Poor Circulation and Neuropathy Are Not Friends of the Penis
Everybody has a relative who grumbles about dietary restrictions: Dad pining for doughnuts, Mom going off caffeine, Uncle Robert complaining about giving up salt.
These kinds of lifestyle choices are challenging for sure, because we must forgo momentary pleasure for some vaguely perceived benefit in the distant future.
When it comes to men and blood sugar, the consequences of making poor choices can be brought home in a much more immediate, primal and visceral way: Do you want your penis to work?
The medical community has indicated a strong link between erectile dysfunction (ED) and diabetes for some time. About 18 million men in the United States have diabetes, and the estimated prevalence of erectile dysfunction in those men ranges from 35 percent to 75 percent, according to the Handbook of Clinical Neurology. Some doctors suggest screening men for diabetes if they present with erectile problems, and vice versa.
Diabetes is closely tied to ED due to neuropathy, or nerve damage, and vascular disease, which affects circulation, according to Richard Heppe, M.D., who works with the Urology Center of Colorado in Denver.
The blood will flow—or not
Men may wonder how poor blood flow and nerve damage impair their ability to get an erection. Blood flow to the small arteries that lead to the penis is essential for erections. Anything that interferes with this flow can impede the penis from getting fully hard—and high blood sugar does this.
About 30 percent of people older than age 50 who have diabetes also have peripheral arterial disease, according to estimates by the American Diabetes Association. This is a condition in which the body has difficulty transporting blood to the extremities: the hands, the feet and—you guessed it—the penis.
"Over time, chronic hyperglycemia, or high blood sugar, has a negative effect on the lining of the blood vessels or the endothelium," said Neel Parekh, M.D., a urologist with the Cleveland Clinic. "The same way that diabetics are prone to cardiovascular disease, they're prone to ED. The lining of the blood vessels are damaged, and they aren't able to relax and allow for adequate blood flow."
Giddy urologist Dr. Edwin Morales explains the connection between diabetes and erectile dysfunction in the ED Guide video series. Click here to watch the video.
A nervous wreck
Impaired blood flow to the penis isn't the only issue that accompanies diabetes. Another negative effect of vascular disease is the damaged blood vessels don't have the capacity to provide sufficient blood flow to the nerves.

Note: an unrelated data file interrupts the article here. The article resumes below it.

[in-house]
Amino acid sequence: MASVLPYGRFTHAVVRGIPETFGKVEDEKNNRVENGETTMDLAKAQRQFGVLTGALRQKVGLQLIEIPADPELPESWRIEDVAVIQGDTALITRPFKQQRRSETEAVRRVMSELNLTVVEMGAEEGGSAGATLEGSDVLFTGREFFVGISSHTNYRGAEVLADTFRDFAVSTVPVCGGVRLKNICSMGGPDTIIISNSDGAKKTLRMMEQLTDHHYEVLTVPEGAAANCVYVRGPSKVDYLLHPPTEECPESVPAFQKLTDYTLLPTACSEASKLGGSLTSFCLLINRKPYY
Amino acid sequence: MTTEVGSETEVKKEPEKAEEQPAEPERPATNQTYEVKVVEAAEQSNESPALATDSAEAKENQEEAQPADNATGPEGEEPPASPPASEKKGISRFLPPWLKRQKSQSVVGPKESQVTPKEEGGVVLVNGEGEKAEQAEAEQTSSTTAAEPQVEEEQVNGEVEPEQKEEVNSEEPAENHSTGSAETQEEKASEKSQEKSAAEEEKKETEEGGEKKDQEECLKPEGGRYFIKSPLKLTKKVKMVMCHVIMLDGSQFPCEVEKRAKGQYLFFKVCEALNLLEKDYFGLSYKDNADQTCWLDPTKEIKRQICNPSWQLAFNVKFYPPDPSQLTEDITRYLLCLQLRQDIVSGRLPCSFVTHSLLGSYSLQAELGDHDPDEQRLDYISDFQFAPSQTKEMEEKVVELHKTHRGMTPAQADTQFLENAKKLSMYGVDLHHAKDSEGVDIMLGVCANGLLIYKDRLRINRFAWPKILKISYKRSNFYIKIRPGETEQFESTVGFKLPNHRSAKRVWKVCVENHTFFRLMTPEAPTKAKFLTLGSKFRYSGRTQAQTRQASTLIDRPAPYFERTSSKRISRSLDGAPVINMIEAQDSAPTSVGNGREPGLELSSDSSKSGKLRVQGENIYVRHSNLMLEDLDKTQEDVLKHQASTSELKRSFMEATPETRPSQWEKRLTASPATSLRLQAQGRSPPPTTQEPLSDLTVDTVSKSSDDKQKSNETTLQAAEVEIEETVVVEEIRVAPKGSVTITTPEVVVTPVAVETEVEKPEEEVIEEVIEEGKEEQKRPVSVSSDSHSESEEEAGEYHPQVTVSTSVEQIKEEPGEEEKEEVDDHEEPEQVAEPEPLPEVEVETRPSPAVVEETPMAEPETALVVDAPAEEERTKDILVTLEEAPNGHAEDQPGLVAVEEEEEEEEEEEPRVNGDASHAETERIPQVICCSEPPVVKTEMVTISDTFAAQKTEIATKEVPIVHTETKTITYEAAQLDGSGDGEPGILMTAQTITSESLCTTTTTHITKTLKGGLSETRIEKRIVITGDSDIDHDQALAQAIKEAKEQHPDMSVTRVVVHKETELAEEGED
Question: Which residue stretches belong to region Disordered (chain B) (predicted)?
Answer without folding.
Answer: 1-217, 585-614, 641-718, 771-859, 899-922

"[High blood sugar] has a detrimental effect on nerve function," Heppe said. "You know how a lot of diabetics have numb feet? They have all kinds of foot problems, because they can't feel their feet properly."
Healthy nerves are a key component of erectile function. If the tiny nerves in the penis don't receive enough blood to remain healthy, a man can face dire consequences in the bedroom.
"When you have this microvascular disease, you don't have enough blood flow to the small nerves in your toes and hands and fingers," Parekh said. "This is the same problem we run into with the nerves in the penis: They're very small—even smaller than the nerves in the fingers and the toes—and the ischemic damage caused by the diabetes leads to an impairment of the sensation in the penis."
Other complications of diabetes
On top of all this, studies show there's a boatload of comorbidities that go along with diabetes.
Up to 75 percent of adults with diabetes also have high blood pressure. Health problems, such as heart disease, obesity, high cholesterol and other risk factors for sexual dysfunction, are also common for people with diabetes.
One often overlooked comorbidity that goes along with diabetes in men is low testosterone. It's unclear which came first, the diabetic chicken or the low-T egg, but the connection is undeniable.
"There have been some studies that have shown that if a man is prediabetic and they have low testosterone, treating their low testosterone actually reduces the likelihood of them converting to diabetes," Parekh said.
Deal with it
The good news is, you can prevent the worst effects of high blood sugar by making some simple lifestyle changes. And there's help out there—you just have to seek it out.
"A big thing we harp on here is how reluctant men are to seek medical care," Parekh said. "So it's important to know the warning signs: urinary frequency and waking up at night to urinate more often, tingling or numbness in the hands or feet, sometimes the vision changes, or fatigue, sometimes there's even weight loss."
The bad news is, if you've had high blood sugar for a significant length of time without treating it, the blood vessel and nerve damage is probably irreversible.
"Most likely, once the damage is done, it's not going to get any better," Heppe said. "The best way to prevent complications from diabetes is having good [blood sugar] control from the beginning."
High blood sugar and diabetes don't have to spell doom—for you or your penis.
Get in the habit of reducing your sugar intake, and watch out for sneaky high-glycemic foods, such as white bread and pasta. You'll help your blood flow and your erections by getting out for some exercise a few times a week.
Because at the end of the day, which would you rather have: doughnuts or a working penis?